The St. Louis question is unavoidable at Our Lady of Life Apartments in Shrewsbury, where the answer has led to fun gatherings of residents who have an answer in common.
"You know St. Louis, when you move in somewhere, people say, 'What high school did you go to?' You move in here one day, and the next day we know if you went to Rosati-Kain," said Helen Guenthel, Class of 1942.
On one morning in late February, a new resident arrived, and by noon it was well known that she was a Rosati-Kain graduate. It also was the occasion of a gathering of the alumnae-residents — 18 of them in the 207-unit apartment community for seniors.
The attendees were from graduating classes ranging from 1942 to 1952. A 1930 graduate, Jo Rogers, who is 104 years old, was unavailable to attend the event at the apartments on the Cardinal Ritter Senior Services campus in Shrewsbury.
At the gathering, someone shouted "the bar is open" — a couple of bottles of wine along with sparkling grape juice — "so bring your ID."
Two visitors, Sister Joan Andert, SSND, president of Rosati-Kain, and Jen Shephard Guidici, Class of 1987, joined the alums in singing the school song — appropriate lyrics proclaiming that "we'll sing your praises forever."
Some of the alumnae peppered Sister Joan with questions about former teachers and classmates who entered the convent. One asked about Sister Kathleen Murphy, a School Sister of Notre Dame who taught home economics. Sister Joan said their former teacher, who later was in charge of the motherhouse, was well known for painting rooms green.
Pat Miller Sullivan, a member of the Class of 1950, followed her four sisters in attending the school. Her oldest sisters were in the same class because the youngest skipped a grade. Marie was very tall and Gert quite short so "they went through Rosati as Mutt and Jeff," Sullivan said. At 20 years younger, Sullivan remarked that "no matter how old I get, I'm still the baby."
Rita Bruemmer Huels, class of 1945, said, "Rosati girls stick together." She recalled joining her friends after school visiting with the School Sisters of Notre Dame and Sisters of St. Joseph of Carondelet who staffed the school.
Joan Lehmann McDonald recalled "a lot of good times there." Her class of 1948 had about 340 students and an outstanding basketball team. One player, Emily Padberg, who later entered the School Sisters of Notre Dame, was about 6 feet tall and talented, McDonald said.
Mary Wertz, class of 1949, said she enjoys visiting with fellow alumnae at Our Lady of Life. "I feel very fortunate that I could come here," she said, mentioning her friends, the activities and the administrator who makes it such a good place to live. "It's wonderful that we can go to church every day here."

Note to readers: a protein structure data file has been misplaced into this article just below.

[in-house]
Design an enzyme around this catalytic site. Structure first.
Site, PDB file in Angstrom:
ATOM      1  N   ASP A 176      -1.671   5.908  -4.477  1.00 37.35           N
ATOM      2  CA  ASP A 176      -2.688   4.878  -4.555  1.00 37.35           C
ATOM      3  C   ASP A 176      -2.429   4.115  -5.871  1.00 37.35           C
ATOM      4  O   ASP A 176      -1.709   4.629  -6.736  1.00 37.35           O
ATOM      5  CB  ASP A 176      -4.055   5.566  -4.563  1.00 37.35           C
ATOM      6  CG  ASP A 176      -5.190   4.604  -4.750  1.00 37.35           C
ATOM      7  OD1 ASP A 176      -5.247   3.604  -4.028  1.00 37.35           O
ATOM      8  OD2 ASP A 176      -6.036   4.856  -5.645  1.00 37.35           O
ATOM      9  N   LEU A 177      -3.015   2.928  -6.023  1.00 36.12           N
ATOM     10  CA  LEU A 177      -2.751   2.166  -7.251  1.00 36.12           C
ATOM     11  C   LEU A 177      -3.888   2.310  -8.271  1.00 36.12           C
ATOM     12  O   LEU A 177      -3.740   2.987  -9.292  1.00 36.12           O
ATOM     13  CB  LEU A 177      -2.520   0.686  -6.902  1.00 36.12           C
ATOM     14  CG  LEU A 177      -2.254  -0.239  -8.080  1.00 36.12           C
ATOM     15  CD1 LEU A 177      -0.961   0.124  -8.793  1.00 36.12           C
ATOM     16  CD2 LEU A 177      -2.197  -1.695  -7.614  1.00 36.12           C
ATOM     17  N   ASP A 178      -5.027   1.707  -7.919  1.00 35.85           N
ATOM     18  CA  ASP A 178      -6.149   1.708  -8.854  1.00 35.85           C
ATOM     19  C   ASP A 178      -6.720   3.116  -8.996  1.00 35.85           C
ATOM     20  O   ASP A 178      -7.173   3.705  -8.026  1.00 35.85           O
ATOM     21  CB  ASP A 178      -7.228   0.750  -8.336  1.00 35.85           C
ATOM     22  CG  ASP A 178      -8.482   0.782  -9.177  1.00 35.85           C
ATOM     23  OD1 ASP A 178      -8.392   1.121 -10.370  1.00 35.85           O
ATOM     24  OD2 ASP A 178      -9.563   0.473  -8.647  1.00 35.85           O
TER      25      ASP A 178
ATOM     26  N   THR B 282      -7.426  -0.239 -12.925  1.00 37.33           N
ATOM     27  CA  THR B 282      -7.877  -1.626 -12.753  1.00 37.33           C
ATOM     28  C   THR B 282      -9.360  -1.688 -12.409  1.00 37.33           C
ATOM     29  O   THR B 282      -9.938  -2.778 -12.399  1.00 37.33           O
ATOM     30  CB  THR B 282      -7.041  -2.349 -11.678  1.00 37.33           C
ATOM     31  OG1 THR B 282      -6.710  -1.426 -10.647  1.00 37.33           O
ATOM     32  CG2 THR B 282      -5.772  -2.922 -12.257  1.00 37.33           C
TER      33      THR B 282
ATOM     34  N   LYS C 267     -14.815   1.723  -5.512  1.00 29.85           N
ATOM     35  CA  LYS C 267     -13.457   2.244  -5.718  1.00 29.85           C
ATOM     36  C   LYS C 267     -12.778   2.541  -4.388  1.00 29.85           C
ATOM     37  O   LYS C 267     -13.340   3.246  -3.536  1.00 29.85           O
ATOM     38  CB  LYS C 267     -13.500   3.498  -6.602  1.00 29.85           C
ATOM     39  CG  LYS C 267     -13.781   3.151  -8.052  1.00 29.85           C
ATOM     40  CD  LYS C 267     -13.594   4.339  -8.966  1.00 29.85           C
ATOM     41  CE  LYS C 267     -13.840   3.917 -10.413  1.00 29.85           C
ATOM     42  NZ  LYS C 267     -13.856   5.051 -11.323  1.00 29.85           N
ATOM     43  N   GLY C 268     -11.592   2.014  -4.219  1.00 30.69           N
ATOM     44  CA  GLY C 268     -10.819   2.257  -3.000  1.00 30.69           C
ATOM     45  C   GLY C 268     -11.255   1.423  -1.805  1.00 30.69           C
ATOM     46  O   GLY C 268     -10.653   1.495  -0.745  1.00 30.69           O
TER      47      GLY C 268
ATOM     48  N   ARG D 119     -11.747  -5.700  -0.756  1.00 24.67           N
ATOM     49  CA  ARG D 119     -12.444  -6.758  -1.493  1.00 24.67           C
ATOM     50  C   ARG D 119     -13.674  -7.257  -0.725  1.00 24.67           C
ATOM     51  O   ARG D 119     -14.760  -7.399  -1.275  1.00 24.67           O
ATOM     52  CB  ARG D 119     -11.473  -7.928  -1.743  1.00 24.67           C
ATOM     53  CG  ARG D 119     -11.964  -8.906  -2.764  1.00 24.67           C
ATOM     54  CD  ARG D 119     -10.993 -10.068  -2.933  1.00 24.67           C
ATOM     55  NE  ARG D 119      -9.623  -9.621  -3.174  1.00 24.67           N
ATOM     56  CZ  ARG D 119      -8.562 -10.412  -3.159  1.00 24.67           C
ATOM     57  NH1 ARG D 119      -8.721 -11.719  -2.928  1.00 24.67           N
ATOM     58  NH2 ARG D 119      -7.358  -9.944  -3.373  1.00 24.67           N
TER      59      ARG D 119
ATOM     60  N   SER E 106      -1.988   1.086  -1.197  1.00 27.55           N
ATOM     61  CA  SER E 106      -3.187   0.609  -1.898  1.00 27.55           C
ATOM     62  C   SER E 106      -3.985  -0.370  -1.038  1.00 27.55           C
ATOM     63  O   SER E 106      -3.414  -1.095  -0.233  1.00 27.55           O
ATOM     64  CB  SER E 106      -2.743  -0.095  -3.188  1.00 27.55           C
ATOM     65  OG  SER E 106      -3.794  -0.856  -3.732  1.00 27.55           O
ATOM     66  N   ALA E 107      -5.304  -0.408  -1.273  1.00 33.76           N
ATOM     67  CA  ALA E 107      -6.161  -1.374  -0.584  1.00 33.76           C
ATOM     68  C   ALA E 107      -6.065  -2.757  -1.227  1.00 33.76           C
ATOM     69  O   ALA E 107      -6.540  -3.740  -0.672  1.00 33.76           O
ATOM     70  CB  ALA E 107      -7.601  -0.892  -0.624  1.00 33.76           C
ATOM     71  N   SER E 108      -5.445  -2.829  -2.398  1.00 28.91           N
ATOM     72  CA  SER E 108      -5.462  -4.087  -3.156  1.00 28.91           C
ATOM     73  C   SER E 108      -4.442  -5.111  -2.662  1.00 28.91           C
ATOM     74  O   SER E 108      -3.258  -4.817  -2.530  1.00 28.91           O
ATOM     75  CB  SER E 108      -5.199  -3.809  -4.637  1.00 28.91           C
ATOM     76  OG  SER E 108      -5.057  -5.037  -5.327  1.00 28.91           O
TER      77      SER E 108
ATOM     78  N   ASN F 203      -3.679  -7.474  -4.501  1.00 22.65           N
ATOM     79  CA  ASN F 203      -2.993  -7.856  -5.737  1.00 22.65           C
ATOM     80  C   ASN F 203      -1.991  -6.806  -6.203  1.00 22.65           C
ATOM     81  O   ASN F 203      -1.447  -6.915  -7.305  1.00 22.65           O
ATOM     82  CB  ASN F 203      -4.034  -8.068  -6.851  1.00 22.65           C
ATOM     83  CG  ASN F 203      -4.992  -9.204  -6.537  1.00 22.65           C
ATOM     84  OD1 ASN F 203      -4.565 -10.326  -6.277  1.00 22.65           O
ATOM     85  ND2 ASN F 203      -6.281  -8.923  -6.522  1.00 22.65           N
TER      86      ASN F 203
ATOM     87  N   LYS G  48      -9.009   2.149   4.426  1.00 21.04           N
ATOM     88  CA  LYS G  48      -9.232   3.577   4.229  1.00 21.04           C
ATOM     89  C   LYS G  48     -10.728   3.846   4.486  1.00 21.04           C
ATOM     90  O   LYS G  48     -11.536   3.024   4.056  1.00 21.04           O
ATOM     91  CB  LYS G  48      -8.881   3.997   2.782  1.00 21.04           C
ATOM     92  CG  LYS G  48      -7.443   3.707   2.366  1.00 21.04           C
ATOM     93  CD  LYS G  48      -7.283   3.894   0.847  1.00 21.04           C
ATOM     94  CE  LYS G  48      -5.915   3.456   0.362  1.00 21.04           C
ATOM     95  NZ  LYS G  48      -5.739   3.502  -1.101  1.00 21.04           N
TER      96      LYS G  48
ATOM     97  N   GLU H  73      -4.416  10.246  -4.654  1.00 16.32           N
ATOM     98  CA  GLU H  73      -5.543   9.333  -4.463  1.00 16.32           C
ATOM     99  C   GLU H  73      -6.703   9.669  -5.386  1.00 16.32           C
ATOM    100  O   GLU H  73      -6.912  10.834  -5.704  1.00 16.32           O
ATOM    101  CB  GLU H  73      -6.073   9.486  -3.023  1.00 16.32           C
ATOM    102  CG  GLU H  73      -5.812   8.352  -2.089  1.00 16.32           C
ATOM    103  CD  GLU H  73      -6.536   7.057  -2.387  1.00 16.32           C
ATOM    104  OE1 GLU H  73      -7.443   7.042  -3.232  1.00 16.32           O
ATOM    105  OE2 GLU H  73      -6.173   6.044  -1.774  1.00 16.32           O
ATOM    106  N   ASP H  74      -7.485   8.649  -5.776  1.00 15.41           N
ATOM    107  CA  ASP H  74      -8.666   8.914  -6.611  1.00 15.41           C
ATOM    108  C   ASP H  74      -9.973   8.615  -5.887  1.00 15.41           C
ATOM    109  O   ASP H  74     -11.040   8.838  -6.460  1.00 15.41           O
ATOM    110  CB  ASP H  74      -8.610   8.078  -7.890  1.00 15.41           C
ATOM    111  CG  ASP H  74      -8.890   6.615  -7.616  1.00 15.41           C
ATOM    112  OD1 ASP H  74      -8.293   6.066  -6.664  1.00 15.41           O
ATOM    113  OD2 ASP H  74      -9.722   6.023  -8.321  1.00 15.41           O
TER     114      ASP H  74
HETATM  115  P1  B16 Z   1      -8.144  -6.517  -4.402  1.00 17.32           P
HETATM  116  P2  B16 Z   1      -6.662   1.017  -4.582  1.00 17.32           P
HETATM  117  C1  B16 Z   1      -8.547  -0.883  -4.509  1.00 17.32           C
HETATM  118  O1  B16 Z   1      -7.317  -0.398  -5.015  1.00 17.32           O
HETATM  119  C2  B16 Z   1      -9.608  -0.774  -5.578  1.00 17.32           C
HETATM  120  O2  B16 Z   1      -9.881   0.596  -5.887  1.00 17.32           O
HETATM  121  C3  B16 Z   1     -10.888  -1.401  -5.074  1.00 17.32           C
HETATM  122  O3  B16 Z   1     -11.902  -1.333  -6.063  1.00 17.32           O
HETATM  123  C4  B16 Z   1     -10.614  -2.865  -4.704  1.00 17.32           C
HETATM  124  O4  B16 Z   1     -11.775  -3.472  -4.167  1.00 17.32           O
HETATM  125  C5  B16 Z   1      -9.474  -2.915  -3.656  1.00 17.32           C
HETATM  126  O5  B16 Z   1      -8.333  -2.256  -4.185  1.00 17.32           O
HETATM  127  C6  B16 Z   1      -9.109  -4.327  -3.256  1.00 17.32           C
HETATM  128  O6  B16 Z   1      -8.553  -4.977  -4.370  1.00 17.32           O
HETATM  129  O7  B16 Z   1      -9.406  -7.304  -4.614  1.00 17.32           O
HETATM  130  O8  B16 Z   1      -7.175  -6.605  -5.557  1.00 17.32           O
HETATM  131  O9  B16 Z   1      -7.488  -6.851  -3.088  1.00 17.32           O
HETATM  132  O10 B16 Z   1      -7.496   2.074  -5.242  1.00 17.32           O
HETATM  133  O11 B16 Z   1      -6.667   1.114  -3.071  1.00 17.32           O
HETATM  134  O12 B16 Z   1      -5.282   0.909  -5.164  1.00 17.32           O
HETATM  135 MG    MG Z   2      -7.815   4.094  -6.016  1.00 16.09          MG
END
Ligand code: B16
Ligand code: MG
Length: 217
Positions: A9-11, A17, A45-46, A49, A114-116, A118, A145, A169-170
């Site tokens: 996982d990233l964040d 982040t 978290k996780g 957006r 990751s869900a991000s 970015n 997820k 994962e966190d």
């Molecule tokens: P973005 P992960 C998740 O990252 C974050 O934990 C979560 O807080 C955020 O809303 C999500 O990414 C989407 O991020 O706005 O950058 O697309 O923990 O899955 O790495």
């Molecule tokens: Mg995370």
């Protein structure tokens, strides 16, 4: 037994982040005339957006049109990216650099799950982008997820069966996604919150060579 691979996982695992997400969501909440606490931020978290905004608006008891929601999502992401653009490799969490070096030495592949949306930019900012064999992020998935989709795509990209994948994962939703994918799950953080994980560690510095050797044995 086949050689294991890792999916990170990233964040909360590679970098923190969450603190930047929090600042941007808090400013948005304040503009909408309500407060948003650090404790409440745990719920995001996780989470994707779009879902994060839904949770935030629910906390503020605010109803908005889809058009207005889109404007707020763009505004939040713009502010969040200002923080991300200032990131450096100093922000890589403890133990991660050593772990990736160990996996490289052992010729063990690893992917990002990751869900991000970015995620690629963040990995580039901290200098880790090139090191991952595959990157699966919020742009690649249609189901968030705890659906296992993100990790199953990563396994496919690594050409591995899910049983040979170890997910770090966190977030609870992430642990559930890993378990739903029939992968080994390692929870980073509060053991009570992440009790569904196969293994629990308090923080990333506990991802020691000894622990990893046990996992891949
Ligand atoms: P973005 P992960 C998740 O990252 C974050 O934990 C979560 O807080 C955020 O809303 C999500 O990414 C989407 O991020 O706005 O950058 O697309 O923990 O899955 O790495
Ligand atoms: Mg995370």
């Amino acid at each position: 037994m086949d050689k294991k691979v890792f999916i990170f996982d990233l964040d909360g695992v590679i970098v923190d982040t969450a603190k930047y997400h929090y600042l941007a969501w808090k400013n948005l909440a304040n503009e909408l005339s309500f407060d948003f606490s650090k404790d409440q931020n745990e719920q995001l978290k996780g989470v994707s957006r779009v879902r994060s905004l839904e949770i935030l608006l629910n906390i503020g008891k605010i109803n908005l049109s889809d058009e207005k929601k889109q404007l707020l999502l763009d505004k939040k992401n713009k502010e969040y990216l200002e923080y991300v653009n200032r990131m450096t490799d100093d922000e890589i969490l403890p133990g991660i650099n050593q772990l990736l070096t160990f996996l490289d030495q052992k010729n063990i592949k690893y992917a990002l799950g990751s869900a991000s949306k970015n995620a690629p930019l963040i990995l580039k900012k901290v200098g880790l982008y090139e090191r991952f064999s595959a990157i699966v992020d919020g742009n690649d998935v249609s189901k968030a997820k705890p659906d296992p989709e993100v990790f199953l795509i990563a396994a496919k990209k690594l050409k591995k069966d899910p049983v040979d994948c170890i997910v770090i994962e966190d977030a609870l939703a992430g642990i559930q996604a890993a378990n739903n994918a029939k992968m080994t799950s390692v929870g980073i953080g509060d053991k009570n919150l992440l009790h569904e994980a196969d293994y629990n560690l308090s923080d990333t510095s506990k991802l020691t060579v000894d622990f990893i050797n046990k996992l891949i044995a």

Jen Shephard Guidici, a 1987 graduate who volunteers at Rosati-Kain, has helped students learn about school history through the stories of former students. She introduced students to Guenthel, who told them of her time at the school, when the country was just coming out of the Depression and entering World War II. Only about a half-dozen or so students at that time went to college, she explained.
Guidici said papers and items that the school saved only tell part of the history. "These are my sisters, and I don't know the stories unless we hear them," she said. "We went to a really good school and need to celebrate our legacy."
Sister Joan said "Rosati girls always have great stories of their lives. They meet challenges. They do great things for other people, and they love Rosati."
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Since 1911, Rosati-Kain High School has conferred diplomas to more than 13,000 young women. In the beginning, the School Sisters of Notre Dame and the Sisters of St. Joseph of Carondelet charged no tuition and earned no salaries at what is now the only all-girls' high school in the City of St. Louis providing a premiere Catholic college preparatory education to young women from 90 zip codes. Rosati-Kain relies on the financial contribution of alumnae, parents, grandparents, faculty, staff and friends to support its operating budget and provide scholarships and tuition assistance. Visit www.rosati-kain.org/support-r-k-2.
Rosati alumnae can stay in touch at www.rosati-kain.org/alumnae-2.
Our Lady of Life Apartments
At Our Lady of Life, senior adults and couples remain active and involved with the option of participating in a variety of activities, from parties to road trips. Our Lady of Life has an entrance fee and a monthly service charge. A portion of the entry fee is refunded upon resale of the apartment.
Residents point out that moving to the independent-living facility was a good choice for them because it enables them to enjoy a retirement from an endless list of chores that come from being a homeowner. Some note that living at the center gives their children independence, too, since they no longer have to be responsible for their parents' home maintenance as well as their own.
For information or to arrange a tour, call (314) 968-9447.
Rosati-Kain graduate Helen Guenthel, class of 1942, told this story to current high school students:
"I know you won't believe this, but one of my classmates, when we had study period on the first floor, wanted to go skating at the winter garden. She wanted to get an early start, and it was our last class, so she just raised one of the windows and went out. Everybody told her "Bye, bye, good luck!" And she made it, and nobody ever knew except our class that she went out the window. You'll be happy to know that she later became a Notre Dame nun!"
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